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Hi everyone. I am a newbie so please be nice! I've been thinking recently... If a PC is running another operating system (I'm thinking of a Windows machine) is there ...
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  1. #1
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    An Easier Way To Install Linux On A Machine Containing Another OS?


    Hi everyone.

    I am a newbie so please be nice!

    I've been thinking recently...

    If a PC is running another operating system (I'm thinking of a Windows machine) is there any way Linux could be installed onto that machine without the need for repartitioning?

    More specifically I'm thinking... Could Linux create a (large!) file on that machine therefore reserving part of the disk for its own use and then be installed to, and run from that part of the disk?

    I know we already have plenty of "live" distributions and distributions that are pretty good at repartitioning disks but wouldn't this be even better?

    No repartitioning and a complete doddle to remove if you don't like it...

    I'm sure there are lots of reasons why this might be difficult or problematic but is it *possible*?

  2. #2
    Linux Guru techieMoe's Avatar
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    You could get a separate harddrive and install Linux on that. If that's not an option, try a project like CoLinux that claims to be able to run Linux *inside* Microsoft Windows without emulation. If money and fast performance isn't an issue, you might also consider virtual machine software like VMWare or VirtualPC.
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  3. #3
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    Thanks for that info on CoLinux techieMoe - I'll look into that...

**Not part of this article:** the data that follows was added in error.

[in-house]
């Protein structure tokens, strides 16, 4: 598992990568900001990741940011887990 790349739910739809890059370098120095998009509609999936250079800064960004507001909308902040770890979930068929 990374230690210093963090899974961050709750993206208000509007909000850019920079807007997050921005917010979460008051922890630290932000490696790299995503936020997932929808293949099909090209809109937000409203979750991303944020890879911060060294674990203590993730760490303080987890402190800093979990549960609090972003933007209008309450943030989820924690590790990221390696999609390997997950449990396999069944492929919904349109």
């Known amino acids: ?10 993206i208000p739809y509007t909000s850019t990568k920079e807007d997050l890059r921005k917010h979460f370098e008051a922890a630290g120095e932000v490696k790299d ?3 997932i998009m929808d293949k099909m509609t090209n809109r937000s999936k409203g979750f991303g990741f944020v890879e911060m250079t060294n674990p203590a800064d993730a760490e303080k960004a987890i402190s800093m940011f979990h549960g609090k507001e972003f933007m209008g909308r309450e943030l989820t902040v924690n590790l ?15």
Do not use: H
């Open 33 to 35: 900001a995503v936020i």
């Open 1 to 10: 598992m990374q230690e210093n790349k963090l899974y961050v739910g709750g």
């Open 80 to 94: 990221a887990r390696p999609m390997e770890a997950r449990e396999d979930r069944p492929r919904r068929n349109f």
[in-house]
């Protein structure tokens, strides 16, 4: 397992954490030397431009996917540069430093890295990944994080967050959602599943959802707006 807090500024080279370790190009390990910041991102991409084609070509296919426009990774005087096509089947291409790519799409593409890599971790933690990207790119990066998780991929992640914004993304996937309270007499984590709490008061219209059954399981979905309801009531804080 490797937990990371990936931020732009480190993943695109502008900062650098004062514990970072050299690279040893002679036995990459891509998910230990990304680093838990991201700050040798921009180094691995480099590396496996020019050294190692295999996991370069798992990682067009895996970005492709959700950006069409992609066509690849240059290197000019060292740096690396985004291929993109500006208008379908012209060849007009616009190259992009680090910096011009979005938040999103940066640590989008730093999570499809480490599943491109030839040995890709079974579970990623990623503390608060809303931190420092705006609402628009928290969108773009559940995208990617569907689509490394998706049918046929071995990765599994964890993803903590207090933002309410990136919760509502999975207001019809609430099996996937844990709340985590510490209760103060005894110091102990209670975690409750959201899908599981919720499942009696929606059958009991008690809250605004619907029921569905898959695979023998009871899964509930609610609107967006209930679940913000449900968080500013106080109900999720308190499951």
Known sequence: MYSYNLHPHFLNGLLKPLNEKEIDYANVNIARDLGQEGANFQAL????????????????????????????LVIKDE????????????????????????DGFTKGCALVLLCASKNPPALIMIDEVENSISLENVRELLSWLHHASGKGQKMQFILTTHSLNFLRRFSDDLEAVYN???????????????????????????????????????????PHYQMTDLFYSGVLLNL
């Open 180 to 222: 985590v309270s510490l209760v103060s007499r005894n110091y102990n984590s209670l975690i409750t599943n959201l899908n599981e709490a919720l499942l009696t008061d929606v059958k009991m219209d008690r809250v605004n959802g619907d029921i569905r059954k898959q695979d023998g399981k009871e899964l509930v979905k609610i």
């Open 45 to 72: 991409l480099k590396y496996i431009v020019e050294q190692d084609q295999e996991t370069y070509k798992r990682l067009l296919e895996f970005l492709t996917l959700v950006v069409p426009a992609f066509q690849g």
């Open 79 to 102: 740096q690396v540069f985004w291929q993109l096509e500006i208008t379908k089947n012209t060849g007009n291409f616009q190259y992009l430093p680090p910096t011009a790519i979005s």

I'm really thinking for the cautious, non-techie with a bog standard Windows machine to be able to try Linux - it's still too difficult.

    They don't want to spend any money to get it working.
    They don't want to repartition their hard drive because someone told them once, or they read somewhere that this isn't a good idea.
    They've perhaps tried a "live" CD and found it slow and were frustrated that they couldn't save any files etc. etc. etc.

    If they could install Linux on their machine without all this hassle wouldn't it be great?

  4. #4
    Linux Newbie deek's Avatar
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    Hmmm...

    I don't know. I haven't had trouble with LiveCD performance, but I have always loaded it to RAM. I was never bothered with not being able to save files, as usually, a LiveCD is just a "look/preview" of the distro or just some little messing around, plus by connecting to the internet, there are a variety of ways to save data if you want.

    In your example, I think techimoe's suggestion (a second harddrive) is really the easiest and safest way to go. You can pick up a harddrive for under $40 (actually cheaper, but let's use $40) and then you can play til your heart's content...

    Slackware comes with a thing called ZipSlack, which I believe runs from a normal windows partition...
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  5. #5
    Linux User truoc444's Avatar
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    windows has virtual PC that has a 45 day free trial. it's a little slow (at least last time i used it) but it works. and hey it least for a month and a half it's free to try. maybe that's long enough to just migrate or built the confidence to dual boot for real. http://www.microsoft.com/windows/virtualpc/default.mspx
    it helped me learn enough to move over.
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  6. #6
    Linux Guru budman7's Avatar
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    I have used many of the distros that have good partitioning tools.
    Suse and Mepis have Qtparted which can non-destructively resize NTFS.
    There are other distros that can resize NTFS, but these are a couple of the most popular.
    And they will by default set you up with a dual-boot.
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  7. #7
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    if not ready to install, not happy with live cd and want a linux environ try
    puppy linux
    www.goosee.com/puppy/
    a very small distroe, no frills, runs off RAM
    check the RAM avbl before trying.

    tv
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  8. #8
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    Quote Originally Posted by phil_saunders
    They don't want to spend any money to get it working.
    They don't want to repartition their hard drive because someone told them once, or they read somewhere that this isn't a good idea.
    Prove to them it's a good idea. If they still don't like it, then they really don't want any other OS.

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